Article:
Central highland of Sri Lanka
Cryptocoryne x willisii is a group name comprising many different varieties of Cryptocoryne which are presumably hybrids of Cryptocoryne parva and related species (C. walkeri, C. beckettii) occuring in nature. They are distributed in the area around Kandy city in the central highlands of Sri Lanka, where they grow on river banks. Their leaves are oblong-ovate to narrow-lanceolate, with an even, unpatterned medium green colour, which resemble those of Cryptocoryne parva but grow bigger (emersed to 25, submersed to 20 cm in height). The blade of the spathe (the pseudopetal) is rough to tuberculate and is quite variably coloured, often dark purple or reddish brown.
The plant described as Cryptocoryne lucens by H.C.D. De Wit in 1962 is one variety from the C. x willisii hybrid complex that is quite commonly found in the hobby. It has long been known as robust, relatively small-staying aquarium plant. The submersed form of this Cryptocoryne has very narrow, lanceolate leaf blades and differs thus from the plant a long time erroneously known as "Cryptocoryne nevillii" with its oblong, ovate to lanceolate leaves. Please see Cryptocoryne x willisii “nevillii”.
The leaf margin of C. x willisii "lucens" may show a brownish colour and a slight undulation.
Cryptocoryne x willisii "lucens" reproduces - like other Cryptocorynes - by underground runners as well as by offshoots growing directly on the rosette, which can simply be cut off. The plant is as easy in cultivation as Cryptocoryne wendtii or C. beckettii. Compared with these relatively broad-leaved plants, often of a brownish colour, this Cryptocoryne is more similar to C. parva, the smallest Cryptocoryne, however, it grows significantly larger and a lot faster.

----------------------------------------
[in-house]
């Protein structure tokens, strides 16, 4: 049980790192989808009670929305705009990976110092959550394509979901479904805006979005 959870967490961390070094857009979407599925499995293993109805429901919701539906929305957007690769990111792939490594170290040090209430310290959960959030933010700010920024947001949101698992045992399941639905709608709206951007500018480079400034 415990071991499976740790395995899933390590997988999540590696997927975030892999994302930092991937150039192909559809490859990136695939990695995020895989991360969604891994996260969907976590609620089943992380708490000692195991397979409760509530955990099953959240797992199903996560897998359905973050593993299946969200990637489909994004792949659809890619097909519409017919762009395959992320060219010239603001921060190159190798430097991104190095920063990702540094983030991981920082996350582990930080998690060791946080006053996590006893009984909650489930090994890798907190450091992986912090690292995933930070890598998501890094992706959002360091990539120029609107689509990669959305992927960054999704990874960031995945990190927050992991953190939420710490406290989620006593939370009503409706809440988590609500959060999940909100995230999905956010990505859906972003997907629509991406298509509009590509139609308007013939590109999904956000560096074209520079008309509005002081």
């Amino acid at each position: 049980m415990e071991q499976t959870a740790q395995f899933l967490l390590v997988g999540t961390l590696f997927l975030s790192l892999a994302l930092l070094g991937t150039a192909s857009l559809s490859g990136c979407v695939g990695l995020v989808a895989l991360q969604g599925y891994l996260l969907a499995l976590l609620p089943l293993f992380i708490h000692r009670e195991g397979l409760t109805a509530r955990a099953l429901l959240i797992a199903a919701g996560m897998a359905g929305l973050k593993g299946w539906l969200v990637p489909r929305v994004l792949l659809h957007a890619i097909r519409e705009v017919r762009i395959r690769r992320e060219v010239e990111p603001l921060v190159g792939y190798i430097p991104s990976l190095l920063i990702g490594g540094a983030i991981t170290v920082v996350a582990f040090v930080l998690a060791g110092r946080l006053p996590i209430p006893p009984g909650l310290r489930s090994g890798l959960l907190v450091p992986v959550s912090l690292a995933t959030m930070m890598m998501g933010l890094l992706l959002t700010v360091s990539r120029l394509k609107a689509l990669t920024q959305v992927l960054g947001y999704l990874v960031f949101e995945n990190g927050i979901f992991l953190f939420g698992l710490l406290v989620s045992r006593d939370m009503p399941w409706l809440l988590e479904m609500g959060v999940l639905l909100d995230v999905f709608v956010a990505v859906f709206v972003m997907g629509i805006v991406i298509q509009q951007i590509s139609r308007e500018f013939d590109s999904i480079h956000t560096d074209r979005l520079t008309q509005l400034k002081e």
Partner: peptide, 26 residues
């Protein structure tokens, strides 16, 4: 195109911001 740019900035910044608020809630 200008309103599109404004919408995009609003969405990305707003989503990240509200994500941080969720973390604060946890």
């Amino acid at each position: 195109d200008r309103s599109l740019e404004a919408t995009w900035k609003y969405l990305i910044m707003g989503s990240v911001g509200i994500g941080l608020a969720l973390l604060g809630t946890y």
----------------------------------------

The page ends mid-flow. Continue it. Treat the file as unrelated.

C. x willisii "lucens" lends itself to creating narrow-leaved, dense, medium green bushes in the fore- and middleground of aquascapes. In tanks of sufficient height, C. x willisii "lucens" can even be used as grass-like ground cover. It is a slower-growing alternative to some Helanthium species, whose runners are often too invasive.
In dense, high-grown tufts of C. x willisii "lucens" the rhizomes have been known to grow upright; then they should be trimmed back considerably.
|Standing in the Sun||
|South East Asia||
|216 l Cube: Wurzel und Farnen||
|Light||low to high|
|Temperature tolerance||15 to 30 °C|
|Optimum temperature||22 to 28 °C|
|Carbonate hardness||1 to 18 °dKH|
|pH value||4.5 to 8|
|Carbon dioxide (CO2)||5 to 40 mg/l|
|Nitrate (NO3-)||10 to 50 mg/l|
|Phosphate (PO43-)||0.1 to 3 mg/l|
|Potassium (K+)||5 to 30 mg/l|
|Iron (Fe)||0.01 to 0.5 mg/l|
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